With many people now returning to work, should occupational health professionals now consider the impact of COVID-19 when conducting hearing screening tests, especially for those employees whose symptoms were critical and hospitalisation was required?
Medical professionals globally continue to carry out research and studies on the long-term side-effects of COVID-19. This week, the University of Manchester1 released a study which asked 121 patients, eight weeks after they had been discharged from hospital, if they had experienced any hearing problems after recovery. A significant number responded as experiencing some form of hearing loss. The results from the study were published in a letter to the International Journal of Audiology2 and stated that sixteen patients claimed their hearing was now worse, eight said they had noticed deterioration and eight complained of tinnitus. The study now joins a growing number of evidence that COVID-19 may affect hearing ability.
“We already know that viruses such as measles, mumps and meningitis can cause hearing loss and coronaviruses can damage the nerves that carry information to and from the brain. It is possible, in theory, that COVID-19 could cause problems with parts of the auditory system including the middle ear or cochlea”.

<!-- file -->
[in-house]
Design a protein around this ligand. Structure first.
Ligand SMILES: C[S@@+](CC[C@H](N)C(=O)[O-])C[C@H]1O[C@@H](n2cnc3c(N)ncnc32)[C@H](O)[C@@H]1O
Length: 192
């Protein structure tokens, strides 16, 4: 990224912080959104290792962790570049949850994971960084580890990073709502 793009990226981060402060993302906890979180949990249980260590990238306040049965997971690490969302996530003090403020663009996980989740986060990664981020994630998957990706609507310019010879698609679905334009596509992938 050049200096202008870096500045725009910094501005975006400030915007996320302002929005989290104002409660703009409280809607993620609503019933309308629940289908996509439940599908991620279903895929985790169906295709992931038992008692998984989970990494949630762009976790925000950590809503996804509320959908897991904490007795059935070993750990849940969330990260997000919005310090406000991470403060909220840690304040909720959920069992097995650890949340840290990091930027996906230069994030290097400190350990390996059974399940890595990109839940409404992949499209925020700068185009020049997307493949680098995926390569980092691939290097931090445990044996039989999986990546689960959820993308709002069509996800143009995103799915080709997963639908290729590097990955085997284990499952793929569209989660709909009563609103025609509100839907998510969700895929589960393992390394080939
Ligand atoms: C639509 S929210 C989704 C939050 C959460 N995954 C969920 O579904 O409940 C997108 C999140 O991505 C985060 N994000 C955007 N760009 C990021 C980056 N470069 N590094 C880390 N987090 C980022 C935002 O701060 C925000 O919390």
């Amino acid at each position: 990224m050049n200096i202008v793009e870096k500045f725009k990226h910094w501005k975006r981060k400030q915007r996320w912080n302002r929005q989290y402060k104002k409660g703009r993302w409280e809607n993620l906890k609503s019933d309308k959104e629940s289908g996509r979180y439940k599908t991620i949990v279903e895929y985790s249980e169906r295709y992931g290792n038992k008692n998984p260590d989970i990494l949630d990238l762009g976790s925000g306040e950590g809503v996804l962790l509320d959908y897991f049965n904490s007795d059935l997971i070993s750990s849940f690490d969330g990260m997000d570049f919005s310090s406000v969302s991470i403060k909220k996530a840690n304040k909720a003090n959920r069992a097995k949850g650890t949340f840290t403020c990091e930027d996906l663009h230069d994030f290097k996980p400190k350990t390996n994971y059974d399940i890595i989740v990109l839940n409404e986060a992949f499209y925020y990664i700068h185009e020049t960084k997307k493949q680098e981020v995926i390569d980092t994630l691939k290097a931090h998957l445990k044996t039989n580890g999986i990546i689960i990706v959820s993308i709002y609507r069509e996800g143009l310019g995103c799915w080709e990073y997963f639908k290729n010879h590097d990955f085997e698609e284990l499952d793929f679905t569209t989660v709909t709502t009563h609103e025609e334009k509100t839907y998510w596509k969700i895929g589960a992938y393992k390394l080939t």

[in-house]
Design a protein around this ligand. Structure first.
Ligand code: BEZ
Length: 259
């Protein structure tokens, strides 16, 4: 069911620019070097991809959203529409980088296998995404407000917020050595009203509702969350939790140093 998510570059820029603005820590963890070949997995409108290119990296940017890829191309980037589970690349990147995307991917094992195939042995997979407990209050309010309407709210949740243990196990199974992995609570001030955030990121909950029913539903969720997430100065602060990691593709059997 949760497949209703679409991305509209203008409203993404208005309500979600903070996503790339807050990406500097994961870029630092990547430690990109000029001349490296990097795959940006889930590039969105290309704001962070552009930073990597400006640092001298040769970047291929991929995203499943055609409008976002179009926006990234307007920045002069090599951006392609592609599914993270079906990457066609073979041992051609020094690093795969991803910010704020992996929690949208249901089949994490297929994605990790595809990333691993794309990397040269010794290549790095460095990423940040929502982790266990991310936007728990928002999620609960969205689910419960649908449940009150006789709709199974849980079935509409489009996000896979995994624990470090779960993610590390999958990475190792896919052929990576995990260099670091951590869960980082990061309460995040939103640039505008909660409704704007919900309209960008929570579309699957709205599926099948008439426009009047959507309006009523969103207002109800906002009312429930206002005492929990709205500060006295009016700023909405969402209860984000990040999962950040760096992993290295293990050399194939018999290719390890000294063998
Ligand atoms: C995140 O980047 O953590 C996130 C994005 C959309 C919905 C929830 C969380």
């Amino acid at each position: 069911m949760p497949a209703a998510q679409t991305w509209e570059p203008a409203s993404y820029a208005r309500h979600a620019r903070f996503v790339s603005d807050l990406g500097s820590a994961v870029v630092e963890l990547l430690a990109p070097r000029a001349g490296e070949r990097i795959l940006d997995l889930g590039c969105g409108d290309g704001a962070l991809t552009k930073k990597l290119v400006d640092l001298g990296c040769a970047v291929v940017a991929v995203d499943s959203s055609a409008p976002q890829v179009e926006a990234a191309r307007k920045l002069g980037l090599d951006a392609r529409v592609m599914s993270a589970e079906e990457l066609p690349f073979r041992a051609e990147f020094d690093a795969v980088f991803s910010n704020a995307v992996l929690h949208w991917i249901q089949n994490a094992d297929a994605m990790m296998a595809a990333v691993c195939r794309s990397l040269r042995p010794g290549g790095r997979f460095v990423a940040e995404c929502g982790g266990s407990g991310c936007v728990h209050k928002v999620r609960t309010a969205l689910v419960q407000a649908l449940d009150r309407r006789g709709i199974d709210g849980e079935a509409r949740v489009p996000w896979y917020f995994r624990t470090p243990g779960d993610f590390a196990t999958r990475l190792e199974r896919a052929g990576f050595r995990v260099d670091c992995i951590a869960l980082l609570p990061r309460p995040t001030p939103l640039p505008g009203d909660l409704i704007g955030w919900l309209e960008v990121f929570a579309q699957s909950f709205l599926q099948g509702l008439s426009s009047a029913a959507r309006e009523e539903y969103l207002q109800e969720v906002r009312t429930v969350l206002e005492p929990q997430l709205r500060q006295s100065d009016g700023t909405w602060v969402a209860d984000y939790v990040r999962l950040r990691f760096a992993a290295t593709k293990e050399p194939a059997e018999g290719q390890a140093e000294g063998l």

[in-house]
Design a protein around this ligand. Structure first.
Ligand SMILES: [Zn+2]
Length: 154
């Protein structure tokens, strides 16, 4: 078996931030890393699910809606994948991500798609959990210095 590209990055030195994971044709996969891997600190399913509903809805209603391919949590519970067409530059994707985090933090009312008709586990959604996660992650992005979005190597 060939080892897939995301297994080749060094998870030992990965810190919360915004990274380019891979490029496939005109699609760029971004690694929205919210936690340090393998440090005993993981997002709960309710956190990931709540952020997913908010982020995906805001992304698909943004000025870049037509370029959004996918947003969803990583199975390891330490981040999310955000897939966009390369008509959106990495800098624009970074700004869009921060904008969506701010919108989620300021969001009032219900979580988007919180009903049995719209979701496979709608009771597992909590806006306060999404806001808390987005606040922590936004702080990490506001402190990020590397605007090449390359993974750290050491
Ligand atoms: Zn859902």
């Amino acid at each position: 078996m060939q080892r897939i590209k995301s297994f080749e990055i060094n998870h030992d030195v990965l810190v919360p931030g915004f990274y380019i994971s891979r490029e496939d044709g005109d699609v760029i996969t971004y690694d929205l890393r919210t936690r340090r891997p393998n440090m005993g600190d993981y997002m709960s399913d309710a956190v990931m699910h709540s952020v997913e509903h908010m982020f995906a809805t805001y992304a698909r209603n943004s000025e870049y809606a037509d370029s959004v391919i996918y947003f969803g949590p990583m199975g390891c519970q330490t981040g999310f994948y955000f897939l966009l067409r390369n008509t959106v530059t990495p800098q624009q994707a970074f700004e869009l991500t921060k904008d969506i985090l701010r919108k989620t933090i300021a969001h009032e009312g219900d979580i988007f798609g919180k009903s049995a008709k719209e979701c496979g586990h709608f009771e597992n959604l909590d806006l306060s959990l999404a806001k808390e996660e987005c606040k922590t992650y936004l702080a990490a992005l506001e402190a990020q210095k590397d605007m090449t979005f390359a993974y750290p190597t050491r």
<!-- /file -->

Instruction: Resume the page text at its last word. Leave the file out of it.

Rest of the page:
Professor Kevin Munro,
Professor of Audiology at The University of Manchester and NIHR Manchester BRC Hearing Health Theme Lead.
Since this study suggests hearing loss may now be considered as a potential side-effect, it could be important for occupational health professionals to take an employees recovery from COVID-19 into account when they conduct a hearing screening test. However, other factors can be questioned. Professor Munro also explains that other causes may include medications that the patient took, wearing a face masks which could restrict communication or patients who suffered from anxiety, all factors highlighted as potential causes.
The ongoing studies in hearing loss related to COVID-19 are still relatively new and further research and data is still needed on recovering patients to understand the wider impact on hearing health. In light of this, occupational health professionals may want to consider monitoring employees who have been critically ill with COVID-19 and continue to consider the latest research on long-term symptoms that could contribute.
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